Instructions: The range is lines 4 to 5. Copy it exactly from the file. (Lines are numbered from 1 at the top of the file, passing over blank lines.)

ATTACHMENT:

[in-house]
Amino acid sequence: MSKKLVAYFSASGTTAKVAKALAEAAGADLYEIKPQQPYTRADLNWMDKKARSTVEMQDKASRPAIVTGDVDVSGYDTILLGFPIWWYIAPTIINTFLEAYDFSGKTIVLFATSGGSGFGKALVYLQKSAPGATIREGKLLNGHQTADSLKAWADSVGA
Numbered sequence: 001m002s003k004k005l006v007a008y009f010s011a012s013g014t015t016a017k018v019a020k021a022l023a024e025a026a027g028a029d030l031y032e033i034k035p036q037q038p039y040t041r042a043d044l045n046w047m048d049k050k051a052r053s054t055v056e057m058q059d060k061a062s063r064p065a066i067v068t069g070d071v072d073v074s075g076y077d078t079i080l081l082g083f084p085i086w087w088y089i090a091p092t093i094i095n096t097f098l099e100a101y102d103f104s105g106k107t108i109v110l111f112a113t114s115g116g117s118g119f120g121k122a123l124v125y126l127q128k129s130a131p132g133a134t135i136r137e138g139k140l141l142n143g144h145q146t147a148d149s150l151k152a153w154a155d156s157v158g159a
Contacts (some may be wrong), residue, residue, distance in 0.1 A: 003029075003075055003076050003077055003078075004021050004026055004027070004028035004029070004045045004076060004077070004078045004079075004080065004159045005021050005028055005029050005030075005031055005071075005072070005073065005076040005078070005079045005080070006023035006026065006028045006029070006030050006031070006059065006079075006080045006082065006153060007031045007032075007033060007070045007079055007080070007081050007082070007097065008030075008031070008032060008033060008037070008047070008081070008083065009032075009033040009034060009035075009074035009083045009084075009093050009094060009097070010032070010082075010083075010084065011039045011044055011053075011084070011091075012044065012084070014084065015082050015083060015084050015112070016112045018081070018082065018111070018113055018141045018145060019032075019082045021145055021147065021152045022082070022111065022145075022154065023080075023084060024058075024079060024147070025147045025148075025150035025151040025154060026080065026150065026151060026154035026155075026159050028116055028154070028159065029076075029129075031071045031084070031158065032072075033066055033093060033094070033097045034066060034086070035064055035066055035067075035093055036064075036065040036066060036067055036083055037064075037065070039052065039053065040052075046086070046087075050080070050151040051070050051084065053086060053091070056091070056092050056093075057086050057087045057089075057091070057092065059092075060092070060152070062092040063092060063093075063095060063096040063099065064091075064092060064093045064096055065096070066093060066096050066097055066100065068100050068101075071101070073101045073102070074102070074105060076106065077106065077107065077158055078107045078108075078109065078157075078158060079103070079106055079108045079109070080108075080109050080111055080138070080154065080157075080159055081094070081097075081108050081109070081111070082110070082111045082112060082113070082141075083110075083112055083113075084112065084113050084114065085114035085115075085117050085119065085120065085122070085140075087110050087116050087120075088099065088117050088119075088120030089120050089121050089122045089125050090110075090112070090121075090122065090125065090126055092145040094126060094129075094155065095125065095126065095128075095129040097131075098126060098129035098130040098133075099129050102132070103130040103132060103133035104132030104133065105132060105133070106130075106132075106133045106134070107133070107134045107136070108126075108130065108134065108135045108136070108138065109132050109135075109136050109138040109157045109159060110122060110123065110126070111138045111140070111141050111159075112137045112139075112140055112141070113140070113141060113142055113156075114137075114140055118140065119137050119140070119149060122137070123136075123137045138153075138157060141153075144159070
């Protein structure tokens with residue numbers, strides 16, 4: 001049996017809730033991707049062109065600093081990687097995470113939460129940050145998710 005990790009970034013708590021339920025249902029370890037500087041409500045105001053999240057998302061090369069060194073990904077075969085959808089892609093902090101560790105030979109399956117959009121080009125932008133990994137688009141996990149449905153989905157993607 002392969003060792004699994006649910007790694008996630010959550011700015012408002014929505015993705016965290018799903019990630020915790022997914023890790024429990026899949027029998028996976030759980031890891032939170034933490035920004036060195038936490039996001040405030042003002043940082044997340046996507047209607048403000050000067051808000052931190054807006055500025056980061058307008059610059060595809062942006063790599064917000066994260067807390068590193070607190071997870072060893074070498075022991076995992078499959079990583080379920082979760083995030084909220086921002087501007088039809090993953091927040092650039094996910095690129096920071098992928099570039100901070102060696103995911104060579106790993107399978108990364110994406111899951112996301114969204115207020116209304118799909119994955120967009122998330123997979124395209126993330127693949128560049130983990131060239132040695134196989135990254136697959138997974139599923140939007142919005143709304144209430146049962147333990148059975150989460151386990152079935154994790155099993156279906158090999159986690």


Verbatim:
Contacts (some may be wrong), residue, residue, distance in 0.1 A: 003029075003075055003076050003077055003078075004021050004026055004027070004028035004029070004045045004076060004077070004078045004079075004080065004159045005021050005028055005029050005030075005031055005071075005072070005073065005076040005078070005079045005080070006023035006026065006028045006029070006030050006031070006059065006079075006080045006082065006153060007031045007032075007033060007070045007079055007080070007081050007082070007097065008030075008031070008032060008033060008037070008047070008081070008083065009032075009033040009034060009035075009074035009083045009084075009093050009094060009097070010032070010082075010083075010084065011039045011044055011053075011084070011091075012044065012084070014084065015082050015083060015084050015112070016112045018081070018082065018111070018113055018141045018145060019032075019082045021145055021147065021152045022082070022111065022145075022154065023080075023084060024058075024079060024147070025147045025148075025150035025151040025154060026080065026150065026151060026154035026155075026159050028116055028154070028159065029076075029129075031071045031084070031158065032072075033066055033093060033094070033097045034066060034086070035064055035066055035067075035093055036064075036065040036066060036067055036083055037064075037065070039052065039053065040052075046086070046087075050080070050151040051070050051084065053086060053091070056091070056092050056093075057086050057087045057089075057091070057092065059092075060092070060152070062092040063092060063093075063095060063096040063099065064091075064092060064093045064096055065096070066093060066096050066097055066100065068100050068101075071101070073101045073102070074102070074105060076106065077106065077107065077158055078107045078108075078109065078157075078158060079103070079106055079108045079109070080108075080109050080111055080138070080154065080157075080159055081094070081097075081108050081109070081111070082110070082111045082112060082113070082141075083110075083112055083113075084112065084113050084114065085114035085115075085117050085119065085120065085122070085140075087110050087116050087120075088099065088117050088119075088120030089120050089121050089122045089125050090110075090112070090121075090122065090125065090126055092145040094126060094129075094155065095125065095126065095128075095129040097131075098126060098129035098130040098133075099129050102132070103130040103132060103133035104132030104133065105132060105133070106130075106132075106133045106134070107133070107134045107136070108126075108130065108134065108135045108136070108138065109132050109135075109136050109138040109157045109159060110122060110123065110126070111138045111140070111141050111159075112137045112139075112140055112141070113140070113141060113142055113156075114137075114140055118140065119137050119140070119149060122137070123136075123137045138153075138157060141153075144159070
């Protein structure tokens with residue numbers, strides 16, 4: 001049996017809730033991707049062109065600093081990687097995470113939460129940050145998710 005990790009970034013708590021339920025249902029370890037500087041409500045105001053999240057998302061090369069060194073990904077075969085959808089892609093902090101560790105030979109399956117959009121080009125932008133990994137688009141996990149449905153989905157993607 002392969003060792004699994006649910007790694008996630010959550011700015012408002014929505015993705016965290018799903019990630020915790022997914023890790024429990026899949027029998028996976030759980031890891032939170034933490035920004036060195038936490039996001040405030042003002043940082044997340046996507047209607048403000050000067051808000052931190054807006055500025056980061058307008059610059060595809062942006063790599064917000066994260067807390068590193070607190071997870072060893074070498075022991076995992078499959079990583080379920082979760083995030084909220086921002087501007088039809090993953091927040092650039094996910095690129096920071098992928099570039100901070102060696103995911104060579106790993107399978108990364110994406111899951112996301114969204115207020116209304118799909119994955120967009122998330123997979124395209126993330127693949128560049130983990131060239132040695134196989135990254136697959138997974139599923140939007142919005143709304144209430146049962147333990148059975150989460151386990152079935154994790155099993156279906158090999159986690």